Dungeon Master Assistance

A place to share thoughts and ideas about Dungeons and Dragons


Here is some information regarding D&D coins. I started with the official D&D information and expanded on it. I use this information in my games.

10 Copper pieces (cp) = 1 Silver piece
10 Silver pieces (sp) = 1 Gold piece
2 Electrun pieces (ep) = 1 Gold piece
10 Gold pieces (gp) = 1 Platinum piece (pp)
All coins are the same size and the same weight regardless of the type.

1 Coin

  • 1 1/4″ Dia.
  • 1/10″ Thk.
  • 1/3 oz. (50 to a pound)

10 Coins

  • 1 foot long when placed in a line
  • 1″ tall when stacked

50 Coins

  • 1 pound

100 Coins

  • 1 square foot when placed in a 10 coins long x 10 coins wide grid

120 Coins

  • 1 foot tall when stacked

12,000 Coins

  • 1 cubic foot stacked 10 coins long x 10 coins wide x 120 coins tall
  • weighs 240 pounds

Trade Bars

  • Size: about 5″ x 2″ x 1/2″
  • Weight:
    • Silver 2 lb
    • Gold 5 lb
  • Value:
    • Silver 10 gp
    • Gold 250 gp
  • 288 bars per cubic foot
Dragon Bed of Coins
Dragon Size Minimum Number of Coins
S 12,000
M 12,000
L 50,000
G 100,000
Piles of coins (cone shaped)
Diameter Light Pile Heavy Pile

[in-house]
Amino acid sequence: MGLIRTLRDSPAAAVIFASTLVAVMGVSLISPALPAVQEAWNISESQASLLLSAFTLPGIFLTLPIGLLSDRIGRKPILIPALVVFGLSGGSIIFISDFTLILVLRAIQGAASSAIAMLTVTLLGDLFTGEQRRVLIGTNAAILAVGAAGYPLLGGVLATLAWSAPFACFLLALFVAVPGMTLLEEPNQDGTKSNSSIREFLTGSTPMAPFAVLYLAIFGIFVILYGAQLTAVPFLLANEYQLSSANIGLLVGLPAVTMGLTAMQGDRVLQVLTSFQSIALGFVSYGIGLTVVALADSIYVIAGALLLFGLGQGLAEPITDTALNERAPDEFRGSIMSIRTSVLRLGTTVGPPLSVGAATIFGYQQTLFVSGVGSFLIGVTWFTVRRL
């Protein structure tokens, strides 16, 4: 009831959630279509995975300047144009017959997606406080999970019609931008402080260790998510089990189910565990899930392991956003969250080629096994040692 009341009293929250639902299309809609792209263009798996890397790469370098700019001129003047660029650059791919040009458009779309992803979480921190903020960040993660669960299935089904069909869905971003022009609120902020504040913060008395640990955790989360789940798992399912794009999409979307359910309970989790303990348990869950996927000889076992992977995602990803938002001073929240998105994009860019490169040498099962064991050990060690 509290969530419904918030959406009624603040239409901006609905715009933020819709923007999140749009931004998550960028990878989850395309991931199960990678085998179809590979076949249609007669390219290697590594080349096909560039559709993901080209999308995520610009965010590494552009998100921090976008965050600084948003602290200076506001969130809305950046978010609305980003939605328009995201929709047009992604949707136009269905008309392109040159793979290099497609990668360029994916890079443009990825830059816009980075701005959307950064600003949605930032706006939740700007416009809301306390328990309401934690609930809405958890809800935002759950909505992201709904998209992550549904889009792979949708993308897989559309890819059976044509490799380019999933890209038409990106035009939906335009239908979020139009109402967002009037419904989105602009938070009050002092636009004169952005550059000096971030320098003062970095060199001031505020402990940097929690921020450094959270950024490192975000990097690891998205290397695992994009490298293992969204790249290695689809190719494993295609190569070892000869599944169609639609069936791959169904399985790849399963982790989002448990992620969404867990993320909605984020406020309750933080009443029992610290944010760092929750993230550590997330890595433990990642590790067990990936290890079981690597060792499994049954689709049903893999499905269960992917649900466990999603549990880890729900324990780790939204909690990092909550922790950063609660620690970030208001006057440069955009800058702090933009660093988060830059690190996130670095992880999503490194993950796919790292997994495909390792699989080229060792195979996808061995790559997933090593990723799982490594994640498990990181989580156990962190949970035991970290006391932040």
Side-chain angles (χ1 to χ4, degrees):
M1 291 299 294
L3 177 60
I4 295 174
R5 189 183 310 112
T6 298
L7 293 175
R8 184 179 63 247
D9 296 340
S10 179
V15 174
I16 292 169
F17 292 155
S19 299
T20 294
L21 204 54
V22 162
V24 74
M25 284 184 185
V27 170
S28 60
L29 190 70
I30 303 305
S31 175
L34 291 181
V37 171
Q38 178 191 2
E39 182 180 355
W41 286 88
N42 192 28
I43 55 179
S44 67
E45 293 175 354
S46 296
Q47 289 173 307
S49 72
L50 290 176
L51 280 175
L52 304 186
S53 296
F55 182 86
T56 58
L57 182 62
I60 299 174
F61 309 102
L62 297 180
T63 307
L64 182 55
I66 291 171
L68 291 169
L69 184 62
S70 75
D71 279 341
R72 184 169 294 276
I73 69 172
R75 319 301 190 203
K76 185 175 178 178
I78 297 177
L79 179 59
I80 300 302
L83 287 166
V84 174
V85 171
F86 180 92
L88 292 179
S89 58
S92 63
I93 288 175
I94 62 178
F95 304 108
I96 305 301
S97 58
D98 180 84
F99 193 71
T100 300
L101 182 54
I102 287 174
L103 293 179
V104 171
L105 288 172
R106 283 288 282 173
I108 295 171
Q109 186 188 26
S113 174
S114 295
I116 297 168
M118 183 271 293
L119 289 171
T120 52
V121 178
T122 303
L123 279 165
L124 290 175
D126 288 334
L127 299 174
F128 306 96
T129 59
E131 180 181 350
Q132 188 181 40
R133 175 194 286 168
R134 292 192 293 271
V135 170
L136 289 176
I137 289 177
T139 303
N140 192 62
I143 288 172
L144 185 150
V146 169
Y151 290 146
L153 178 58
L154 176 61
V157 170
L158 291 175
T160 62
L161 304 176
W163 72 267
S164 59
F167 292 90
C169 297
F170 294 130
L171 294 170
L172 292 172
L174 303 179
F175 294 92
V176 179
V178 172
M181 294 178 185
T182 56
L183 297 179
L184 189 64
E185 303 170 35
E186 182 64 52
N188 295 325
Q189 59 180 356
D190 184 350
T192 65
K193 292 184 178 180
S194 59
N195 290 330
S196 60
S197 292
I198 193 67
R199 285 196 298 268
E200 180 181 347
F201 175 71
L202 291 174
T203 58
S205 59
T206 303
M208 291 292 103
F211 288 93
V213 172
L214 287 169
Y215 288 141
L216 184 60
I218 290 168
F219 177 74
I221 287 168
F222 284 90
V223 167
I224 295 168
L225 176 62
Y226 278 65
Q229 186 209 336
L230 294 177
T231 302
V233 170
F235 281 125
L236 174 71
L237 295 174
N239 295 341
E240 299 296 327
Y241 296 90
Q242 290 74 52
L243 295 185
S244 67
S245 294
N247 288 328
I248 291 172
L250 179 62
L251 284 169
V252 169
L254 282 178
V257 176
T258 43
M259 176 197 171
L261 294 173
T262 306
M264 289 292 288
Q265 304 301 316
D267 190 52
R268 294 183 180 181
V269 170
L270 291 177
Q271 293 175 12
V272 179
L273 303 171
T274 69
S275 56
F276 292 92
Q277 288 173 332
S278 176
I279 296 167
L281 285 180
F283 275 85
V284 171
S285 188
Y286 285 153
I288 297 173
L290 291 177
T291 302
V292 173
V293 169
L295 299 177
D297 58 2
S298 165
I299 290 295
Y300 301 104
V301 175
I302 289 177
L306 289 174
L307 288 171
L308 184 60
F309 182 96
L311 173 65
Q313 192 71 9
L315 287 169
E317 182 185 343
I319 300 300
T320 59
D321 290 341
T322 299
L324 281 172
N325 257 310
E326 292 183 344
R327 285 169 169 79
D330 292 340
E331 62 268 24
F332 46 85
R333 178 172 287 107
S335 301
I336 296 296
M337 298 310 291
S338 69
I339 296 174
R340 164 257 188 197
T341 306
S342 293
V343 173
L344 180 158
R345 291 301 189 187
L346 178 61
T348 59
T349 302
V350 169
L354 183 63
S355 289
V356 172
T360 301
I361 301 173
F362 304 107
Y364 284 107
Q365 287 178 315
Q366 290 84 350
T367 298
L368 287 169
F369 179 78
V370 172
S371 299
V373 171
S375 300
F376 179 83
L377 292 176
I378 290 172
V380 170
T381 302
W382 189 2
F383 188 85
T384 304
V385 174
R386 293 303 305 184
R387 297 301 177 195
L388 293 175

Hight in center Number of Coins Hight in center Number of Coins
5 ft 1″ 5,000 3″ 18,000
10 ft 3″ 40,000 6″ 156,000
15 ft 4″ 135,000 9″ 528,000
20 ft 5″ 320,000 1 ft 1,260,000

Less that 100 coins per square foot is a scattering of coins.
From 100 coins per square foot to a light pile is a covering of coins.
A pile can range anywhere between a light and a heavy pile.
Adding more coins to a heavy pile increases it’s height and diameter.
In an enclosed area, if there are enough coins they will spread out over the the floor to the walls and fill the available area to 12,000 coins per cubic foot.


4 responses to “Coins

  1. gamesmaster|games master June 15, 2012 at 5:23 am

    Thank you for any other great post. The place else may just anybody get that kind of info in such an ideal manner of writing? I’ve a presentation next week, and I am on the search for such info.


  2. Elease Blackwall November 26, 2012 at 1:30 pm

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  3. Pingback: D&D 5E – Character Sheet Instructions | Dungeon Master Assistance

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